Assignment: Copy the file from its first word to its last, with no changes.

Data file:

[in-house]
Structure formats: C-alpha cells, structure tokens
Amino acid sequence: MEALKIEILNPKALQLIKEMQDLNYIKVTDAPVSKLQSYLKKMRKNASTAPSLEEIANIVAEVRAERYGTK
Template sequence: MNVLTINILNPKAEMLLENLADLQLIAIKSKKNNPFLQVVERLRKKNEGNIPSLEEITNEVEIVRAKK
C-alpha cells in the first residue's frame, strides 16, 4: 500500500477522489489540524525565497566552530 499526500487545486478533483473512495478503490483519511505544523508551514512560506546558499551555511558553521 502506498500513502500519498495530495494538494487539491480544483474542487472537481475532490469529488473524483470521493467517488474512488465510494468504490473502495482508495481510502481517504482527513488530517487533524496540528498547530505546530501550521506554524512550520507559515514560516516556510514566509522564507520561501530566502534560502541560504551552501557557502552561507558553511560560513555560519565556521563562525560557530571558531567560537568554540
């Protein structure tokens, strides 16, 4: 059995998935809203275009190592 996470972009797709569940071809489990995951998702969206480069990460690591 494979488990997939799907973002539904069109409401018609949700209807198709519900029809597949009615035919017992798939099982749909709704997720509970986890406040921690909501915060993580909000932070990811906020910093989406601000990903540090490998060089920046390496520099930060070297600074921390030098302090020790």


[in-house]
Structure formats: C-alpha cells, structure tokens
Amino acid sequence: MEALKIEILNPKALQLIKEMQDLNYIKVTDAPVSKLQSYLKKMRKNASTAPSLEEIANIVAEVRAERYGTK
Template sequence: MNVLTINILNPKAEMLLENLADLQLIAIKSKKNNPFLQVVERLRKKNEGNIPSLEEITNEVEIVRAKK
C-alpha cells in the first residue's frame, strides 16, 4: 500500500477522489489540524525565497566552530 499526500487545486478533483473512495478503490483519511505544523508551514512560506546558499551555511558553521 502506498500513502500519498495530495494538494487539491480544483474542487472537481475532490469529488473524483470521493467517488474512488465510494468504490473502495482508495481510502481517504482527513488530517487533524496540528498547530505546530501550521506554524512550520507559515514560516516556510514566509522564507520561501530566502534560502541560504551552501557557502552561507558553511560560513555560519565556521563562525560557530571558531567560537568554540
């Protein structure tokens, strides 16, 4: 059995998935809203275009190592 996470972009797709569940071809489990995951998702969206480069990460690591 494979488990997939799907973002539904069109409401018609949700209807198709519900029809597949009615035919017992798939099982749909709704997720509970986890406040921690909501915060993580909000932070990811906020910093989406601000990903540090490998060089920046390496520099930060070297600074921390030098302090020790």